There are two camps when it comes to updating relationships between the built and natural environments: those making buildings independently sustainable, and those making the fabric between them sustainable. Woodroffe thinks WOHA belongs to the former camp, as they tend to inwardly design natural elements — as with the atria at Oasia and Skyville — and consider each building’s environmental impact microcosmically rather than derivatively. These camps aren’t diametrically opposed; if anything, they work better together and, depending on the city, one approach or the other might make more sense.

Woodroffe thinks the interstitial space in downtown Austin requires some work from the latter camp, for social reasons. Austin’s downtown buildings don’t promote community, outside of small retail spaces and gaping program-less lobbies at their ground floors. dwg.’s latest project, Fareground, is part of a collaboration in response to the lack of connection that buildings on Congress Avenue have with their site condition. What used to be the most lively street in all of Texas, today is mostly filled with bank headquarters. Fareground introduced Austin’s first “food-hole” and an outdoor courtyard to 111 Congress Avenue, reinventing the building to accommodate life on the street level.

Thoughtfully developing space between buildings is a strategy as important as that of the former camp. Whether it leads to new pocket parks, private courtyards, or green roofs, each outdoor space has potential to be utilized environmentally: to combat carbon in the atmosphere, promote biodiversity, decrease runoff, and address many other environmental concerns.

To assess the environmental success of its designs, WOHA developed its own rating system of various social and ecological metrics for sustainability. For example, the firm’s “green-plot ratio” and “community plot ratio” measure the balance between site area and landscaped surface area or community space area. WOHA also measures its projects by “self-sufficiency,” a development’s capacity to provide its own energy, food, and water; the “ecosystem contribution index,” the degree to which a development supplements its city’s ecosystem; and the “civic generosity index,” which defines the extent to which the building encourages public life in the city.

WOHA’s Oasia Hotel Downtown has the highest-ever “green plot ratio,” at 1,110 percent: The green envelope exceeds the site’s square footage by more than 10 times. The result is aesthetically satisfying, but according to WOHA’s city ratings it does more than just look sustainable: It is self-sufficient for 60 percent of its water, and has an “ecosystem contribution index” of 60 percent, meaning it provides vertically and horizontally interconnected habitats with birds and insects in mind.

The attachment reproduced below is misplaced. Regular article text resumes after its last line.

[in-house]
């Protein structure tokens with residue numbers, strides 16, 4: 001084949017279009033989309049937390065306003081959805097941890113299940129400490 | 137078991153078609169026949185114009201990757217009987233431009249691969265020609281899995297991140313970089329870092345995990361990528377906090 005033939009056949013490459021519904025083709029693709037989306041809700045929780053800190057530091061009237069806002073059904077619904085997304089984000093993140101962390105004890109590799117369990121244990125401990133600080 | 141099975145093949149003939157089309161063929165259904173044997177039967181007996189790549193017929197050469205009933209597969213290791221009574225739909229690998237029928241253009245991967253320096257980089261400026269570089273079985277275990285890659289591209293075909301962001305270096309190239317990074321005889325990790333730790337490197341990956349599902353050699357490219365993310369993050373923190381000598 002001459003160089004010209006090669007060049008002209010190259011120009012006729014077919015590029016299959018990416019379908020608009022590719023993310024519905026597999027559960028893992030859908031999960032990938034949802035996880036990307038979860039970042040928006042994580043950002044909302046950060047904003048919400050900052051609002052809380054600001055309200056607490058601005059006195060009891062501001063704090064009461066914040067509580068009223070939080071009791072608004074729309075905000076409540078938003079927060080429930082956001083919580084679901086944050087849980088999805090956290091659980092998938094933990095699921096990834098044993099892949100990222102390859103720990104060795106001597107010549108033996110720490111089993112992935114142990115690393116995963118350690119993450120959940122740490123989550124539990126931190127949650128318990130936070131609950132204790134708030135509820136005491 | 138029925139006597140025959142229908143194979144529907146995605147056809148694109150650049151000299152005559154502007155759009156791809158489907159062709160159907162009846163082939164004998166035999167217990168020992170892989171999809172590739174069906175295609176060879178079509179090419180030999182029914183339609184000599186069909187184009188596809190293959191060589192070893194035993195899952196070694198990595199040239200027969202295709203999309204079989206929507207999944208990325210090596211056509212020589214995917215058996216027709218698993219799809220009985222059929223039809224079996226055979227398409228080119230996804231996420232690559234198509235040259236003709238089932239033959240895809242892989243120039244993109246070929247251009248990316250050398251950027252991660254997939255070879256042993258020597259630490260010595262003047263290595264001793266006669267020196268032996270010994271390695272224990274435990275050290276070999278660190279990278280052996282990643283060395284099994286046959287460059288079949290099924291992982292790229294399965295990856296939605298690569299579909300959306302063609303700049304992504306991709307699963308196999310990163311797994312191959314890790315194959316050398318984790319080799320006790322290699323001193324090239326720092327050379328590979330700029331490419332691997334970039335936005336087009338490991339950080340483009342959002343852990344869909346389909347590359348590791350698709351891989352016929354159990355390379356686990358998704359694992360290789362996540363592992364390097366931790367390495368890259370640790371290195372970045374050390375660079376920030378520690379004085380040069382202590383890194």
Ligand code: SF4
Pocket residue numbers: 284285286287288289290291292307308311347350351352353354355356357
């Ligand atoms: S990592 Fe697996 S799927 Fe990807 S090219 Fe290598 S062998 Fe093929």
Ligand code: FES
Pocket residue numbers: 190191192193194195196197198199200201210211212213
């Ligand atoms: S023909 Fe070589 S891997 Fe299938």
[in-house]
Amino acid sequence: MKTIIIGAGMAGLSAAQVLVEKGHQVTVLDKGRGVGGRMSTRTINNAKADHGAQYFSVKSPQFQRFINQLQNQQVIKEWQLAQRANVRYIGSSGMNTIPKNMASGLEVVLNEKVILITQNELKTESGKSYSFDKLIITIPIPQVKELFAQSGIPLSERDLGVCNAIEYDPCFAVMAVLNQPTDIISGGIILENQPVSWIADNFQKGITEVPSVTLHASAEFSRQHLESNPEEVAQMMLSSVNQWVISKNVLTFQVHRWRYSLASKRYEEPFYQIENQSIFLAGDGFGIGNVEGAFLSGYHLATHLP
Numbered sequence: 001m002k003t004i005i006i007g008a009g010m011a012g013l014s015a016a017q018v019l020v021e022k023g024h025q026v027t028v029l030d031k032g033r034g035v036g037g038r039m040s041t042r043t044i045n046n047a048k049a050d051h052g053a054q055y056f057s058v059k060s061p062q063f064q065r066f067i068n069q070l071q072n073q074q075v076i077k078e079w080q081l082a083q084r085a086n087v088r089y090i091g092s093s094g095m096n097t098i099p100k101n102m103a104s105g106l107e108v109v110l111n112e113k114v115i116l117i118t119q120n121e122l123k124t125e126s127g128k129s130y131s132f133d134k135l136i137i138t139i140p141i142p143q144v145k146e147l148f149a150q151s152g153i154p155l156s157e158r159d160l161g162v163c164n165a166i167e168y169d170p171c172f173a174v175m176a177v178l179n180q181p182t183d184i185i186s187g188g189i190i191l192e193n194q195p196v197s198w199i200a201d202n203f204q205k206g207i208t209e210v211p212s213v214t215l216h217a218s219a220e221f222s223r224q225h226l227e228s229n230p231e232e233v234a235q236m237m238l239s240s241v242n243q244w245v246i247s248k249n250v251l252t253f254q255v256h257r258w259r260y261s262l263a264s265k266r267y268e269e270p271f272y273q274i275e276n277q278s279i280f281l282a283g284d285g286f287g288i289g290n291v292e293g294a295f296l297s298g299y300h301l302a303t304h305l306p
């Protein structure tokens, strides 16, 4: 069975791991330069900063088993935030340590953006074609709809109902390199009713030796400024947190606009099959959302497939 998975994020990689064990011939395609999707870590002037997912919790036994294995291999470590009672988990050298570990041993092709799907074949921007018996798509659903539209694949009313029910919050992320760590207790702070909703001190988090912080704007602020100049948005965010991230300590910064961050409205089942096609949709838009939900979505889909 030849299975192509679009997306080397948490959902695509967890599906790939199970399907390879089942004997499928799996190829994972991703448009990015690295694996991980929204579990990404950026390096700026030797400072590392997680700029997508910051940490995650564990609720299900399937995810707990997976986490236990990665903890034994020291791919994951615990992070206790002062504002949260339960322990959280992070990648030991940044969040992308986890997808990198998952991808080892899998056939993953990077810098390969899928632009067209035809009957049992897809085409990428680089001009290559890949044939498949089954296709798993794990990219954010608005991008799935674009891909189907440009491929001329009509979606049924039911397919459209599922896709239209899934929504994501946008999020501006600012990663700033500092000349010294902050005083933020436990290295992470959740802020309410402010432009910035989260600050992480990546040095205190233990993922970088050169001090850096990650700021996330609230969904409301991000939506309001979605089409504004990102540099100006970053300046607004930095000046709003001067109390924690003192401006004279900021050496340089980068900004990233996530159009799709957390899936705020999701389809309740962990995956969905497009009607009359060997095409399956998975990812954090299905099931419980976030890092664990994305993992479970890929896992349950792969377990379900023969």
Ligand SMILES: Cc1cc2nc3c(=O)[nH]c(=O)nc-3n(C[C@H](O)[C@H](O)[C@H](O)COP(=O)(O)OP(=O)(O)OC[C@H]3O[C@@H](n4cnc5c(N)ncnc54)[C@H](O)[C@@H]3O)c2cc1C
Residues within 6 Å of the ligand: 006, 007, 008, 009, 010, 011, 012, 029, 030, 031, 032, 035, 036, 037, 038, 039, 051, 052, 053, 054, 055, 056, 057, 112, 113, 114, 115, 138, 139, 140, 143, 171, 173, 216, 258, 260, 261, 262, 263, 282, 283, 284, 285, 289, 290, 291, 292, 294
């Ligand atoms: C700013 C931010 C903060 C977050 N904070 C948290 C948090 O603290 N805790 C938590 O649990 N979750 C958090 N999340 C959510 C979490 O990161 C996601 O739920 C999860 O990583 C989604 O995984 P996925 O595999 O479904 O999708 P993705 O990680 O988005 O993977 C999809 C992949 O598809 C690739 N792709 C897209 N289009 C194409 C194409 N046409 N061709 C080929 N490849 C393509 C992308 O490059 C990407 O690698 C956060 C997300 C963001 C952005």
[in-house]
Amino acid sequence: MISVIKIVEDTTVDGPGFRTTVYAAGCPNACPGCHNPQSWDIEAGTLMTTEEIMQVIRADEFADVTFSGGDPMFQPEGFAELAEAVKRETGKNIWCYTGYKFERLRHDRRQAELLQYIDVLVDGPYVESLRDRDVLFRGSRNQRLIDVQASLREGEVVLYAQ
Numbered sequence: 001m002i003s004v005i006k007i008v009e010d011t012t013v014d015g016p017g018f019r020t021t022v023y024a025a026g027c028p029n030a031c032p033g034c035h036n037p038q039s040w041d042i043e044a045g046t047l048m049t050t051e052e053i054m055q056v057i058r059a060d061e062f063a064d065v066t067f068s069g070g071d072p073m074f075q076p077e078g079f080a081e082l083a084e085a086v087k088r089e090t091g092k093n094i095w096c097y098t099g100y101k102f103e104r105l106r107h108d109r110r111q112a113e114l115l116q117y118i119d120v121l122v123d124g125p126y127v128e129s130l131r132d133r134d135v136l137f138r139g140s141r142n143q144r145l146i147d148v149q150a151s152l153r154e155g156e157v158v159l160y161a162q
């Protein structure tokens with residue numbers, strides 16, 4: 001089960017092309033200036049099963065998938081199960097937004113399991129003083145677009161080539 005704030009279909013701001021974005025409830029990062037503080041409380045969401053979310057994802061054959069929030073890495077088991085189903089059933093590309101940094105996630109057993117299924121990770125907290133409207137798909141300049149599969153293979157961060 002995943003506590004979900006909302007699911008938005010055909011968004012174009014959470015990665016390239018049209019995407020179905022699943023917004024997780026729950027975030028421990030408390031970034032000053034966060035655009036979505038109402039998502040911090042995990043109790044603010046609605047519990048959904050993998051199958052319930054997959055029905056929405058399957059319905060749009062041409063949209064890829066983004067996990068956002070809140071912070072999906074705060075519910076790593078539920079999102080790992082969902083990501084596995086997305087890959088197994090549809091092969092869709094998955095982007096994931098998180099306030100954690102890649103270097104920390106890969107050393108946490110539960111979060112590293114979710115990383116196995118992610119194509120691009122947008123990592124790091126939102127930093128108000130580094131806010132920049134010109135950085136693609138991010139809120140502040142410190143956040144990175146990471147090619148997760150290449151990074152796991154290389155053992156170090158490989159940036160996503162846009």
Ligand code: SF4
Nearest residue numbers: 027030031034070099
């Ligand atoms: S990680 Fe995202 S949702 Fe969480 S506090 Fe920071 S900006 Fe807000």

At first glance, this unique self-accountability kind of looks like the firm is patting itself on the back for niche standards they set themselves. John Hart Asher, landscape designer at the Lady Bird Johnson Wildflower Center, however, said that’s how environmental progress is best achieved. “We have to start out with clearly stated goals for the project,” Asher says. “The great thing with ecological work is that they don’t necessarily have to do every sort of ecoservice, but if you do one well, you’ll get a few others.”

If a project restores site soil, for example, or more diverse plant communities are introduced, Asher says, the site could become more habitable, promote carbon sequestration, or even help mitigate heat island effect. Performing exceptionally in one ecological facet will benefit the whole system, because the environment operates as a delicately wound whole, not as a collection of different categories.

WOHA’s rating systems represent its excellent performance in a few of these ecological facets. “Like the ‘green plot ratio,’” Asher says. “I think that’s a great generative start, but just because you have a green area doesn’t mean it’s functioning well.”

Greenery doesn’t always entail sustainability. Depending on a site’s climatic and ecological conditions, plant life might be important for flood or erosion prevention, shade, food, habitat, or carbon sequestration. For example, a building with non-native plant life might use tons of water to keep its plants alive, while native plants would require less energy and resources.

Singapore is classified as a tropical wet climate, but Central Texas is more of a temperate grassland with some diminishing Blackland Prairie ecosystems. While WOHA’s techniques couldn’t be directly copied and pasted from Singapore, they could be translated for local climates.

“The Blackland Prairie ecosystem is one of the most endangered; there’s less than one percent in existence,” Asher says. “If people started using [locally planted] green roofs, the Blackland Prairie could start to thrive again in the dense urban cores, helping control runoff and flash flooding.”

Asher thinks urban design with a local environmental mindset can change the relationship between the built and natural environments entirely. “We could suddenly have larger and larger prairie areas in our city, and that would be hugely impactful and really start a paradigm shift in the conception of city as antagonist,” Asher says. “That’s really exciting to me.”

WOHA’s environmental logic, when considered with site sensitivity, could make the world a better and healthier place to live, one building at a time — shifting the relationship between the natural and built worlds from parasitic to symbiotic.

Hannah K. George is an architecture and Plan II student at The University of Texas at Austin.